Character study

I put on

a character

that drinks decaf and

white wine

in the blue couch of

his soon to-be old house

after eating a dinner

he himself cooked

a while ago.

The character brings

five books of American poetry to

the couch, skims them 

all, remembering

the verses of the Platts, and the 

cummings and the Frosts that fed 

a series of younger versions of 

himself, back in the wanna-be days, in 

the days of poems and urban walks and

something else. 

(Did those days really

end, by any

chance?)

He ends up skimming more deeply 

a book of haikus

by Bashô, that he took from a 

shelf while thinking about

nothing, or maybe just

not thinking, at all.

After reading seven or eight seasonal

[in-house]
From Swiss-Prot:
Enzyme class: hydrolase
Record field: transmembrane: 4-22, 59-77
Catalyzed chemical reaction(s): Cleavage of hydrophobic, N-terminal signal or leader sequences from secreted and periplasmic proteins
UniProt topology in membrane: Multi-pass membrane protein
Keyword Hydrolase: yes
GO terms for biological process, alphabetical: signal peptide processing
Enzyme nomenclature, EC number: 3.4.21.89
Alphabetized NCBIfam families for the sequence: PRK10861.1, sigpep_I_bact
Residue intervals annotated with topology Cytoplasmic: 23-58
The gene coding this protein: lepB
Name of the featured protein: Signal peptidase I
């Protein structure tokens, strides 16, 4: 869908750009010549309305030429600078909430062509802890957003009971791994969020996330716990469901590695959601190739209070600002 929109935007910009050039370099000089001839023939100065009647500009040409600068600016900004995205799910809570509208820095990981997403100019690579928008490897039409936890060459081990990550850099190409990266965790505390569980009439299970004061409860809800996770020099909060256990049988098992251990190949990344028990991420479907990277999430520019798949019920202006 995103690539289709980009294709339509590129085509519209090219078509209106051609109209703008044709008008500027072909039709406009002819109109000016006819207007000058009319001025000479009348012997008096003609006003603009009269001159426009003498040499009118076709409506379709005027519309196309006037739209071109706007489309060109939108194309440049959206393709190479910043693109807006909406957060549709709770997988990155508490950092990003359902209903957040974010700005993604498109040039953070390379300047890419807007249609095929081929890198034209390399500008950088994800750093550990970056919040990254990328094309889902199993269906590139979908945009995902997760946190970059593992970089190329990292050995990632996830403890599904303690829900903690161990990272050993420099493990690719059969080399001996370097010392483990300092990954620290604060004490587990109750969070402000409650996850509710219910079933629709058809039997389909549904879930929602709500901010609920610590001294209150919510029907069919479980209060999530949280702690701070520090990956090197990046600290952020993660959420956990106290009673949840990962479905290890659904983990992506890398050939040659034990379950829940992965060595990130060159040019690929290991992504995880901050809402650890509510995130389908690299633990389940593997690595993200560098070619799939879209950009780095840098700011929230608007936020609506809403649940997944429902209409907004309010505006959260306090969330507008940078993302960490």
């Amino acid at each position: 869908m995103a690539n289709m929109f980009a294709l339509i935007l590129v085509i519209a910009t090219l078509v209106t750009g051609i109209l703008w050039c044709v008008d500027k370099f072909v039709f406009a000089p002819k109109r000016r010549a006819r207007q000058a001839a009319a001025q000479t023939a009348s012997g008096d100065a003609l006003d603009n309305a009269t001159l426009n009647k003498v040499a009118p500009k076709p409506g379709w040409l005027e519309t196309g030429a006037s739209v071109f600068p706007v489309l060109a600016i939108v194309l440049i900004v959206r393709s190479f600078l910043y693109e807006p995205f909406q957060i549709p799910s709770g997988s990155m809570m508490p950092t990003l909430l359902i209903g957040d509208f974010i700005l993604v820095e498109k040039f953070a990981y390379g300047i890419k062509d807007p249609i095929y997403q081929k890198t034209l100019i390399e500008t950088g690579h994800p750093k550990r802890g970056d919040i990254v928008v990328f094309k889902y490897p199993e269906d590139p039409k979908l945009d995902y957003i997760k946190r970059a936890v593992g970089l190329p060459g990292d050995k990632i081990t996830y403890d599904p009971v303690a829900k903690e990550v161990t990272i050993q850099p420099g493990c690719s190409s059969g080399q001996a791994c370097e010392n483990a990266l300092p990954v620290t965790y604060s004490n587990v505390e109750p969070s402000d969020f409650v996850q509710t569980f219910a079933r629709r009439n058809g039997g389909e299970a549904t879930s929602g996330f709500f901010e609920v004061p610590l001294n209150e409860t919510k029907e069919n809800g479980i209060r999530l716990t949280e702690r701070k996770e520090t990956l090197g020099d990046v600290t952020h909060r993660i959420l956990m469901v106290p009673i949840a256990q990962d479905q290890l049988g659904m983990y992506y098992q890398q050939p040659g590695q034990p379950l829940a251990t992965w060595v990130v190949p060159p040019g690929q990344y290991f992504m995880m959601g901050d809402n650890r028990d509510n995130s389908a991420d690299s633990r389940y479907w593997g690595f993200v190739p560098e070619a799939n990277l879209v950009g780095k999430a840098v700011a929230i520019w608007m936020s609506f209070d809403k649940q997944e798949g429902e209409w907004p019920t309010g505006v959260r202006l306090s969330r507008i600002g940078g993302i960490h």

haikus of love and barley, he 

stands up and relapses into

me, searching on my

cell phone for an available 

electric cool motorcycle in my

neighborhood, so that I can go

meet my friends for a

friday night drink and

maybe something more.

I take a moment to laugh

at the character that I sometimes am, in

these precious moments of solitude,

these existential breaks between

work and life

that I like to call being. 

And then, as I open the 

door and prepare to

leave the house, with my

American-brown denim jacket

on my shoulders, and my

almosttwentyfourhour unwashed long 

hair, I open the cellphone again and 

look at a somewhat psychedelic picture 

of an elegant mother, sitting at a dinner 

table, wearing a colorful and tropical 

necklace. In my head, the 

character of myself — always 

the wanna-be, the urban walker, 

the clumsy lover, the

youngster, and

the silly-serious 

poet — just whispers, in

his best buddhist 

incarnation, a small

wannabeurbancoolpoetic haiku

made up of love, wine, decaf and 

a little hint of chocolate.

Then I close 

him, and immediately after 

that I close

the door.

Mother’s vivid colors —

beautiful night

ahead of us